Gen Y to Banks: Do Better

Today’s 20-somethings demand a higher level of service from their financial institutions.

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Memo to banks hoping to land 20-somethings as new customers: It's time for a makeover. 

Members of generation Y, the group of Americans currently in their late teens to early 30s, have watched as the housing market collapsed, the stock market faltered, and financial institutions received massive government loans to stay afloat. As a result, many of them are skeptical about handing over their hard-earned money to traditional banks. More than 1 in 5 20-somethings report a decreased trust level in banks over the past year, according to a recent survey by the research and advisory firm Aite Group. 

[See A Financial Road Map for Generation Y.] 

To avoid alienating these up-and-coming young customers, some financial institutions are changing the way they speak to them. Traditional bank marketing, which involves blasting off slews of product offers and hoping some hit their mark, only further erodes their trust, says Ron Shevlin, senior analyst at Aite. "People feel like they're getting bombarded with irrelevant offers," he says. That one-size-fits-all approach is being replaced with extensive social media campaigns featuring members of gen Y as spokespeople and customized offers that focus on the new frugal mind-set. 

[See 21 Things We're Learning to Live Without.] 

The Texas Dow Employees Credit Union hosts an annual contest for a gen Y spokesperson who finds free things to do around Texas and shares them on the campaign's website, (The campaign started at a Canadian credit union and has since made its way south.) Armed with a $30,000 annual salary, a Toyota Prius, a MacBook, and a high-definition video camera, last year's winner, DeAndré Upshaw, a recent graduate of Baylor University, posted videos and blog entries on financial literacy, budgeting, and other topics relevant to his peers. Website visitors can click through to more information on the credit union's offerings, but advertising products is not the focus of the site.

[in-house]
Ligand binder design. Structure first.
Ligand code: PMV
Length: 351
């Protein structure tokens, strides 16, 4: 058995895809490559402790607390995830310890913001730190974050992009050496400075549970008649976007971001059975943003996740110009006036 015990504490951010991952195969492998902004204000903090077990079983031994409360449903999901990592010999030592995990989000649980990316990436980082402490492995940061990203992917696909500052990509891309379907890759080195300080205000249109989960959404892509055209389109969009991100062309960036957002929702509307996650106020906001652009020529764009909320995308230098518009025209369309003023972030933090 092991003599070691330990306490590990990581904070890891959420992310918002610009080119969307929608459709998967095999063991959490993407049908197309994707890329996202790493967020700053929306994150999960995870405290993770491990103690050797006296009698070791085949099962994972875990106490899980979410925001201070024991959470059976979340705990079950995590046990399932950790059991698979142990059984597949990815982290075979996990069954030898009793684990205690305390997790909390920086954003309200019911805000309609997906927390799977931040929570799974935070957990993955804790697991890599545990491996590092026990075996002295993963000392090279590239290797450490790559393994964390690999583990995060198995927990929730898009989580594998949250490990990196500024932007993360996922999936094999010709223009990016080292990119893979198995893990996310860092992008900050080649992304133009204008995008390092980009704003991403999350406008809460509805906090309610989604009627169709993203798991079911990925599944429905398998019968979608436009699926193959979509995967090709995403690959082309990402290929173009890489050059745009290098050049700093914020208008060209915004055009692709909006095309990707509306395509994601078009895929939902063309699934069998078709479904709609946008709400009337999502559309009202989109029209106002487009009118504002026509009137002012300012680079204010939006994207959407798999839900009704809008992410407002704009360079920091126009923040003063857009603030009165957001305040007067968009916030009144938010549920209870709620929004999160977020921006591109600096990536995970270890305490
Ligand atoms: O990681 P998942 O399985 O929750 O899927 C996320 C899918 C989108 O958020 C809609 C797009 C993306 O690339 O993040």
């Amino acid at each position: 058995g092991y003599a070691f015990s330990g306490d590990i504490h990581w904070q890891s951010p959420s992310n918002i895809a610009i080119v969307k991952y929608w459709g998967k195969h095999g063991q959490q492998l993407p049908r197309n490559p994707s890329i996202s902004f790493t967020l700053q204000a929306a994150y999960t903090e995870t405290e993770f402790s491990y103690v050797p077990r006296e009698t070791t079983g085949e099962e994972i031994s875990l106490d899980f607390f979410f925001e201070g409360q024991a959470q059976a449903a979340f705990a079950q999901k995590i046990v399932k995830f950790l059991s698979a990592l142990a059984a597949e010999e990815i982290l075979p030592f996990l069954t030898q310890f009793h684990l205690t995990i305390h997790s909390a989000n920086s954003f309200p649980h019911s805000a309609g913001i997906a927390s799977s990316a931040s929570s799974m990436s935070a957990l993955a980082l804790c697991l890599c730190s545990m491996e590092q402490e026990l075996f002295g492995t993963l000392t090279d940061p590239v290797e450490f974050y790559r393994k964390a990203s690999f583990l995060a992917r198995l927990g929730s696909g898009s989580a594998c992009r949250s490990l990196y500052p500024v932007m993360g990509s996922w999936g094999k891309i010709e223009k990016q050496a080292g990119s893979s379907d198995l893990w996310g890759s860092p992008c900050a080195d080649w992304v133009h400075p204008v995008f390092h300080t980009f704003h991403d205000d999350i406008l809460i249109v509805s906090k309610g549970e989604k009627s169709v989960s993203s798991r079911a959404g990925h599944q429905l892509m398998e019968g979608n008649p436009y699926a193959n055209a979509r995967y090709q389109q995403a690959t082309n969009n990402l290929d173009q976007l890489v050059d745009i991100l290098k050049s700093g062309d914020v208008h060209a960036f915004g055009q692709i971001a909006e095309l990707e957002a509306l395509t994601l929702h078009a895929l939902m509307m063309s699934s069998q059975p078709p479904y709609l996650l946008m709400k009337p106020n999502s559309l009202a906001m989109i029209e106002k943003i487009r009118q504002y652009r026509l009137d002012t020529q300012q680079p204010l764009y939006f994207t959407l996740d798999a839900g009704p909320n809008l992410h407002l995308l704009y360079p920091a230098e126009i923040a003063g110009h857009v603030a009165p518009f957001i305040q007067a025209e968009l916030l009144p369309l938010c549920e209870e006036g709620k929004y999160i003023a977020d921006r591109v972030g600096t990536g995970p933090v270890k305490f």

The campaign seems to be working. Young and Free Texas's Trey Reeme says that in the past two years, the 18-to-25-year-old demographic has been its fastest-growing segment. "I think [the campaign] builds trust," says Reeme, who is 29. Upshaw, Reeme adds, seems more like a friend than a banker, and the annual contest sends the message, "We want to learn from you, as well as help you—not just take your money." 

That kind of outreach works, says Kit Yarrow, coauthor of Gen BuY: How Tweens, Teens, and Twenty-Somethings Are Revolutionizing Retail, because these relatively new consumers like it when companies treat them like the smart, informed consumers that they are, and they are wary at the first sign that they are being manipulated. "Gen Y likes to feel influence and power. They like to feel that companies are serving them and really bristle at the idea of being taken advantage of," Yarrow says. 

The financial crisis has also underscored gen Y's interest in being savvy consumers when it comes to their finances. An October Scottrade survey found that one third of respondents ages 18 to 26 said they've learned more about how the economy works and have become more familiar with their own personal finance situation in the past year. Some 37 percent said they are now doing more research before making investments—a greater proportion than older age groups. 

Other financial institutions have tried to capitalize on that interest, but they aren't always successful. Some large banks run blogs, but they aren't focused enough on gen Y interests to generate any traction among that group, says Shevlin. He adds that a lot of banks concentrate on mobile banking—the integration of banking services with cellphones, social networking accounts, and PDAs, for example—to reach young consumers. "They believe gen Y-ers want to do everything on a cellphone, but that doesn't solve the problems of distrust," he says. 

In fact, excessive dependence on social networking sites can be a turnoff. "It's almost obnoxious to me," says Andrew Fereday, 28, an insurance broker in Chicago and frequent Facebook user. "That's definitely not the way to reach me."